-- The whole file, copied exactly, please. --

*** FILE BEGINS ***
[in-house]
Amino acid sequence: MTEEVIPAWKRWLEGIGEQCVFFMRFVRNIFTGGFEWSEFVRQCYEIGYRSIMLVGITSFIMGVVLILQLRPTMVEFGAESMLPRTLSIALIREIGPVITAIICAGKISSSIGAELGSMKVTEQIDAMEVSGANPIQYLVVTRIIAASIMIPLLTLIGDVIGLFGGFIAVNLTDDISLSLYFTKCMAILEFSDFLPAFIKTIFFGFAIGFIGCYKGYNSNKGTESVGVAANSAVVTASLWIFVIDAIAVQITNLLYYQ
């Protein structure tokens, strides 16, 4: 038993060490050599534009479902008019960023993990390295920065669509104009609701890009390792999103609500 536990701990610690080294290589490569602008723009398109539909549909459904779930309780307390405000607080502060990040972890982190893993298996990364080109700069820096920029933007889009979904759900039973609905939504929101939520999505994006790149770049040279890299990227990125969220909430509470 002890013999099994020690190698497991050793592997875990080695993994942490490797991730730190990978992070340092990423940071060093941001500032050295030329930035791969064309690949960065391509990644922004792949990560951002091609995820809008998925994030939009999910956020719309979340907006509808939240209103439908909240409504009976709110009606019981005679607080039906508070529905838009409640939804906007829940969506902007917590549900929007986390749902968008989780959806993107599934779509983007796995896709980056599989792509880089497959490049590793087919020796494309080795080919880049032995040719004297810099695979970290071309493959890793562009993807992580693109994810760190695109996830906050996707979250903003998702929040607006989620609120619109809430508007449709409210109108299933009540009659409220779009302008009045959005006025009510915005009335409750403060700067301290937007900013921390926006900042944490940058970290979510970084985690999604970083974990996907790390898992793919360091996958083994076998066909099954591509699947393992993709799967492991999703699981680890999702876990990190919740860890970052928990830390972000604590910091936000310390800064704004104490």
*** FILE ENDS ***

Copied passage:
[in-house]
Amino acid sequence: MTEEVIPAWKRWLEGIGEQCVFFMRFVRNIFTGGFEWSEFVRQCYEIGYRSIMLVGITSFIMGVVLILQLRPTMVEFGAESMLPRTLSIALIREIGPVITAIICAGKISSSIGAELGSMKVTEQIDAMEVSGANPIQYLVVTRIIAASIMIPLLTLIGDVIGLFGGFIAVNLTDDISLSLYFTKCMAILEFSDFLPAFIKTIFFGFAIGFIGCYKGYNSNKGTESVGVAANSAVVTASLWIFVIDAIAVQITNLLYYQ
């Protein structure tokens, strides 16, 4: 038993060490050599534009479902008019960023993990390295920065669509104009609701890009390792999103609500 536990701990610690080294290589490569602008723009398109539909549909459904779930309780307390405000607080502060990040972890982190893993298996990364080109700069820096920029933007889009979904759900039973609905939504929101939520999505994006790149770049040279890299990227990125969220909430509470 002890013999099994020690190698497991050793592997875990080695993994942490490797991730730190990978992070340092990423940071060093941001500032050295030329930035791969064309690949960065391509990644922004792949990560951002091609995820809008998925994030939009999910956020719309979340907006509808939240209103439908909240409504009976709110009606019981005679607080039906508070529905838009409640939804906007829940969506902007917590549900929007986390749902968008989780959806993107599934779509983007796995896709980056599989792509880089497959490049590793087919020796494309080795080919880049032995040719004297810099695979970290071309493959890793562009993807992580693109994810760190695109996830906050996707979250903003998702929040607006989620609120619109809430508007449709409210109108299933009540009659409220779009302008009045959005006025009510915005009335409750403060700067301290937007900013921390926006900042944490940058970290979510970084985690999604970083974990996907790390898992793919360091996958083994076998066909099954591509699947393992993709799967492991999703699981680890999702876990990190919740860890970052928990830390972000604590910091936000310390800064704004104490």